We must, he says, "change the culture."
Vice President Joe Biden has spent more than 20 years fighting to end violence against women in the United States. In the 1990s, as a senator, he wrote the landmark Violence Against Women Act, which drastically changed how the U.S. responded to domestic violence and sexual assault.
He's still at it. After Biden became vice president, he appointed the first-ever White House adviser on violence against women. And this week, he's touring the country speaking about It’s On Us, a public awareness campaign aimed at reducing campus sexual assault.
The Huffington Post asked Biden about his quest to reduce gender-based violence, and what he’d like the country to do better.
I’m curious about why you got involved with the issue of domestic violence. If there was a particular person or event that inspired you to try to change the status quo, can you tell me about it?
I’m often asked why I’ve been so passionate about this issue, and people think it may be because my mother or my sister or someone in my life had been assaulted. The truth is, I wrote the Violence Against Women Act because I was raised by a gentle, honorable man who always taught his children that the greatest sin anyone could commit is the abuse of power — and the cardinal sin is when a man raises his hand to a woman or a child or someone with less physical power.
When I started to work on this issue more than 20 years ago, violence against women was not taken as seriously, and survivors were not given the recourse they deserved. Too often, they were blamed. Too often, perpetrators were not prosecuted.
I was convinced we needed to change our culture. And in order to change the culture, we had to pull the mask off of this dirty little secret. The turning point came when we heard from survivors themselves — they turned the spotlight on a violence that too often was in the shadows.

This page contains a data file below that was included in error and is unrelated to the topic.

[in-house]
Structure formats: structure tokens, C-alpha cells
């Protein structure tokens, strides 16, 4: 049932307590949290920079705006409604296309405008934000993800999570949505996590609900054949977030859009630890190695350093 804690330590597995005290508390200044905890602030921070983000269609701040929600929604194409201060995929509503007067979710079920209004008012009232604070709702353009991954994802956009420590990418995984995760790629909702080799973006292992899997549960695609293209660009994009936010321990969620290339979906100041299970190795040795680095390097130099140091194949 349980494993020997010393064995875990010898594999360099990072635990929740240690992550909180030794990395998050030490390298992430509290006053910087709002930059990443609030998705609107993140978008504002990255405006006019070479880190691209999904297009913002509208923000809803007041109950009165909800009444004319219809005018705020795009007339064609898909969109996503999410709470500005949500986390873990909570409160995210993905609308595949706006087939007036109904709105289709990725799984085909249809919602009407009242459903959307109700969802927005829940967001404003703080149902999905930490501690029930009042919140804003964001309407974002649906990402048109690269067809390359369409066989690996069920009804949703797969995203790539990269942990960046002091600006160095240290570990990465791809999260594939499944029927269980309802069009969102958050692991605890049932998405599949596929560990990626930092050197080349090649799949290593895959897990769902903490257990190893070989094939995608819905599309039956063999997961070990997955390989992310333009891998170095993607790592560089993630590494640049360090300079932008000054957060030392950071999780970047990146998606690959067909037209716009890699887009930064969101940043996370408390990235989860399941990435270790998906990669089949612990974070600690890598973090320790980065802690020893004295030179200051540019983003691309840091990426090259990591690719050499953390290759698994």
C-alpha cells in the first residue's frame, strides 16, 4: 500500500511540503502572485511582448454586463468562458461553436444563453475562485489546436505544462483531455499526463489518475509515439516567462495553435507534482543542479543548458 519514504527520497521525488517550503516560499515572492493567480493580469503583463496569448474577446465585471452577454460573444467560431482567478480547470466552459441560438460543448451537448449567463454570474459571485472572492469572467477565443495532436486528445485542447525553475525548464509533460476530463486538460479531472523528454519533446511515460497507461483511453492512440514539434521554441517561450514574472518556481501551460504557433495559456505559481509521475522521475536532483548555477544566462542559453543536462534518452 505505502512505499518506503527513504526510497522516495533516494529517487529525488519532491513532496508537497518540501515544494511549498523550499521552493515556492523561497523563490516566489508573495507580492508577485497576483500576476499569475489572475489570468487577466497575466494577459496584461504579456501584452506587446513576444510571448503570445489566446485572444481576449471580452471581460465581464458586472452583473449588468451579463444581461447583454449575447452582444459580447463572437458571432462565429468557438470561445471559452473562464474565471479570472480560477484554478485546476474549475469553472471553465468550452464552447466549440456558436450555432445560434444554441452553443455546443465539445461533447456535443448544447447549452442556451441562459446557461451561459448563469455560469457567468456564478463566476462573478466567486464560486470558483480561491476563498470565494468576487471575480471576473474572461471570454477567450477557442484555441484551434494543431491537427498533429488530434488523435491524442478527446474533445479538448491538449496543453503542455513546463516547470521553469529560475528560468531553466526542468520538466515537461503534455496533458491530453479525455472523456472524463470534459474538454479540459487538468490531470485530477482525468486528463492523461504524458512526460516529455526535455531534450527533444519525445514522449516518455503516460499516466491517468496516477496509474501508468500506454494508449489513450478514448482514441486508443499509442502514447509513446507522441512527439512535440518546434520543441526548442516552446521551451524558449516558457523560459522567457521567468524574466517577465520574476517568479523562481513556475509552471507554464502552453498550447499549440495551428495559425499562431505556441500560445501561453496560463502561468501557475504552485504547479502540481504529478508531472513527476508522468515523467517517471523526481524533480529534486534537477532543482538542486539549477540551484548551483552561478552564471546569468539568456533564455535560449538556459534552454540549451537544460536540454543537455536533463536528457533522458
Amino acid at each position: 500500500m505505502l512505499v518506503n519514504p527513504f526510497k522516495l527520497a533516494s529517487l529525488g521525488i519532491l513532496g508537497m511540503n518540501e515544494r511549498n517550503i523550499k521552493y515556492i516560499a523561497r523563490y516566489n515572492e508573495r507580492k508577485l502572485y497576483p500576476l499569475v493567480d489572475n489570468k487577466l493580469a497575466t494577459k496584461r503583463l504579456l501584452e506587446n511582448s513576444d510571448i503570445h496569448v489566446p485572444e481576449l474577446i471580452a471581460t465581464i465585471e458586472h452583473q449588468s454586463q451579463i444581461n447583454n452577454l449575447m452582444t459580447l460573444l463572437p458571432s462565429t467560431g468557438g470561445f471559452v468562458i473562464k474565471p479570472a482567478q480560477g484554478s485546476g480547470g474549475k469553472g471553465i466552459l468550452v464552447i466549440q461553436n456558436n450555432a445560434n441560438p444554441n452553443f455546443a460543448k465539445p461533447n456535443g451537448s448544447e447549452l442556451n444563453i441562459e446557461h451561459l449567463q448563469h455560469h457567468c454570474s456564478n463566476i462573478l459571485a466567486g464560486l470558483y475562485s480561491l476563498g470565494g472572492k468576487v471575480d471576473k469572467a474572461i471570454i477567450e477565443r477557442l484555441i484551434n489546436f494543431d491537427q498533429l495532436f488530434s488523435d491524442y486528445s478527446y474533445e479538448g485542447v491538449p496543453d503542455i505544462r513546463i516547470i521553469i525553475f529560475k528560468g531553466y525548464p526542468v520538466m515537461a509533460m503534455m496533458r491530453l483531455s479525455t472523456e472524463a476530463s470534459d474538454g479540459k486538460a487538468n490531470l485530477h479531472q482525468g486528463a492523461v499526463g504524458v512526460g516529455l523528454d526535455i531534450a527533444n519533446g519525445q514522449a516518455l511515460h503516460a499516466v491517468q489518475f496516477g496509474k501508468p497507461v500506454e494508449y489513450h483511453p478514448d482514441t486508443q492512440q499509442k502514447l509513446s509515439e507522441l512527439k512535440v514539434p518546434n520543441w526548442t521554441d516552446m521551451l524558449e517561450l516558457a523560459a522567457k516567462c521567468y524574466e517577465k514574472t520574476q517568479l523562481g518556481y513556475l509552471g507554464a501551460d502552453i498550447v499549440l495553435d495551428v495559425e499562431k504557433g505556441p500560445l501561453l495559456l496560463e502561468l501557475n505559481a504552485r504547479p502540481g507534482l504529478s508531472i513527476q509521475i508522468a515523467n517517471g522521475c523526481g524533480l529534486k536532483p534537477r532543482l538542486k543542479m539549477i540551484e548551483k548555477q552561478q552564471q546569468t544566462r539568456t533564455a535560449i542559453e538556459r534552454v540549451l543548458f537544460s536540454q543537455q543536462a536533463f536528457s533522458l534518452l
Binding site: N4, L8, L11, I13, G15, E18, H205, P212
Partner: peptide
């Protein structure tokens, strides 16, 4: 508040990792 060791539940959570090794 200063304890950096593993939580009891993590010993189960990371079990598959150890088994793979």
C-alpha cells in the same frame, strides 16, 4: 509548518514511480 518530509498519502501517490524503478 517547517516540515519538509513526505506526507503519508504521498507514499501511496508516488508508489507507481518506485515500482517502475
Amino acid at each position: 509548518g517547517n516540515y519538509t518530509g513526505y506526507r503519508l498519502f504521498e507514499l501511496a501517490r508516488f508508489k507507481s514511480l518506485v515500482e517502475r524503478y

Over the years, you've met with countless survivors of gender-based violence. Is there one whose story you think about when you speak for victims? Can you tell me about that person?
I’ve been spending a lot time recently going to college campuses, where I’ve met with thousands of students who are involved with the It’s on Us campaign to end campus sexual assault. And a story I tell that took place 20 years ago still resonates — because it’s the kind of story that happens all too often, even today.
One of the women who testified in the VAWA hearings was a student at a college just north of Pittsburgh. On one of her first nights of freshman orientation, she attended a bonfire before a big game. An upperclassman she knew offered to walk her back to her dorm. It was cold, and he asked to stop in his room first to get a jacket, so she walked to the dorm with him. He dragged her in the room and raped her.
I’ll never forget her testimony. She described how she ran back to her dorm, took a scalding hot shower, walked back to her room, and sat at the end of her bed sobbing. Her RA came in and asked her what happened. She told her. And her RA said, “You’ve been raped.” And she said, “No, no, I wasn’t raped. I knew him. I knew him.”
That’s when I realized we had to do more than pass tougher laws and create more protection. We had to change the cultural norm in this country, and that’s one of the goals of the It’s on Us campaign.
People often think of domestic violence as a "women’s issue." You’ve spoken about how your father taught you that the ultimate abuse of power was for a man to raise his hand against a woman or a child. How should men participate in the fight against domestic violence and help end the cycle of abuse?
I have a simple message for all Americans: Don’t look to your left, don’t look to your right. Look in the mirror. It’s on you. It’s about you. And, guys, it’s particularly about you. You should be the ultimate agents of change. It’s time for all of you to step up.
Think about it. Think about a culture that exists when a woman who’s been abused or raped is asked all the wrong questions: Why were you there? What were you wearing? What did you say? Why did you say it? What were you drinking? Those are all the wrong questions. It’s never the victim’s fault.